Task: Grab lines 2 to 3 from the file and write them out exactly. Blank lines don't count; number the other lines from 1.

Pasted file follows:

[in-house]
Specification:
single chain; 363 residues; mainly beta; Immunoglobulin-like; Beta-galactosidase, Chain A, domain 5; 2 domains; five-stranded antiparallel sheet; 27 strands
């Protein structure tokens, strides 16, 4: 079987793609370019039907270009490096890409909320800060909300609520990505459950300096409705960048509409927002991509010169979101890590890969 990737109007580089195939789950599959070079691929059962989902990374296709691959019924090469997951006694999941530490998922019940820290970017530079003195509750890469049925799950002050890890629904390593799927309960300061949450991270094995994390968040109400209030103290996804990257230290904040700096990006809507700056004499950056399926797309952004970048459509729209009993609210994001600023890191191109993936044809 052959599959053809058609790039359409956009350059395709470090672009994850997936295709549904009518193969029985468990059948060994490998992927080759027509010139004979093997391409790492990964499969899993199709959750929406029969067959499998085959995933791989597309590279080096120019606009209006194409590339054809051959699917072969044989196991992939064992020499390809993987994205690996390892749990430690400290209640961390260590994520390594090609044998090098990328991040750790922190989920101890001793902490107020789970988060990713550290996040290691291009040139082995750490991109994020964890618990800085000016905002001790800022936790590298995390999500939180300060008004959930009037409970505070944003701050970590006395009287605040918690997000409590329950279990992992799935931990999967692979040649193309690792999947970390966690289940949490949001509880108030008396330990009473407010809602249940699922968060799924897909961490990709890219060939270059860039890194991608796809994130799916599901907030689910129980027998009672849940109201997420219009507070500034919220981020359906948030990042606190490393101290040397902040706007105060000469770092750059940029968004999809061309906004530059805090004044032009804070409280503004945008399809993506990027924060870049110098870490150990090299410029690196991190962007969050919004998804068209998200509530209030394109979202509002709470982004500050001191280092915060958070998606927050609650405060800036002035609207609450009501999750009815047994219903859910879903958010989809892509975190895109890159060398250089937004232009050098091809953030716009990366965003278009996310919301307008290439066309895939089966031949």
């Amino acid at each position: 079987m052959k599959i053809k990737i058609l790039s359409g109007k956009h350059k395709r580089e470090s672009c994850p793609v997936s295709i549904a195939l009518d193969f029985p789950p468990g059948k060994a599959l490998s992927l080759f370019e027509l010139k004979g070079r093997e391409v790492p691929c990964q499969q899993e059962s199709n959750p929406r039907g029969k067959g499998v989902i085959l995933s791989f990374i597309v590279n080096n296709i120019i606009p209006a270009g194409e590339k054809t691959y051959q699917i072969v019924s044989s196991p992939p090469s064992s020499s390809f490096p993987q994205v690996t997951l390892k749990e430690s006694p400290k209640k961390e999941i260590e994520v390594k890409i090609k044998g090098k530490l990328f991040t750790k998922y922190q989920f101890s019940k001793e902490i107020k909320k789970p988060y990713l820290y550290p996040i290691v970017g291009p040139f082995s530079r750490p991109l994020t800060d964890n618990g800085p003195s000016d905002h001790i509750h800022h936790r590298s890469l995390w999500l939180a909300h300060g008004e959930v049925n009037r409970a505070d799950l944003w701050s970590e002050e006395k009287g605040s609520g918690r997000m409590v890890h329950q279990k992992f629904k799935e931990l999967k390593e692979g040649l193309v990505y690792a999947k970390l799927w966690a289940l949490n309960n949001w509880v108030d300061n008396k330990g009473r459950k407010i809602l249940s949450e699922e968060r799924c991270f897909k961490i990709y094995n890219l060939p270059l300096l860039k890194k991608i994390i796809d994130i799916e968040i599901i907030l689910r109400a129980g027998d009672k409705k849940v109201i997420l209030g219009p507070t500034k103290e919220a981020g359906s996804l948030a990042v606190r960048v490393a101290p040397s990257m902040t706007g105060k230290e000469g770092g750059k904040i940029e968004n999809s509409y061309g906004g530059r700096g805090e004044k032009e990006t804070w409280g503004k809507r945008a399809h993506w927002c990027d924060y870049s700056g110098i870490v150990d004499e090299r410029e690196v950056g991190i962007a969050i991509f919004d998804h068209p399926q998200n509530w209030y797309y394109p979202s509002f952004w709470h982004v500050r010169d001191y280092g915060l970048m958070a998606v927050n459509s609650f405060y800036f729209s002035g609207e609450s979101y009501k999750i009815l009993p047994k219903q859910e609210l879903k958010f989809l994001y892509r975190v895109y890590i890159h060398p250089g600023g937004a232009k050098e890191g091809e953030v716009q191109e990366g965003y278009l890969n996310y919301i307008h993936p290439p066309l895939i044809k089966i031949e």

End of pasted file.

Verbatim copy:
Specification:
single chain; 363 residues; mainly beta; Immunoglobulin-like; Beta-galactosidase, Chain A, domain 5; 2 domains; five-stranded antiparallel sheet; 27 strands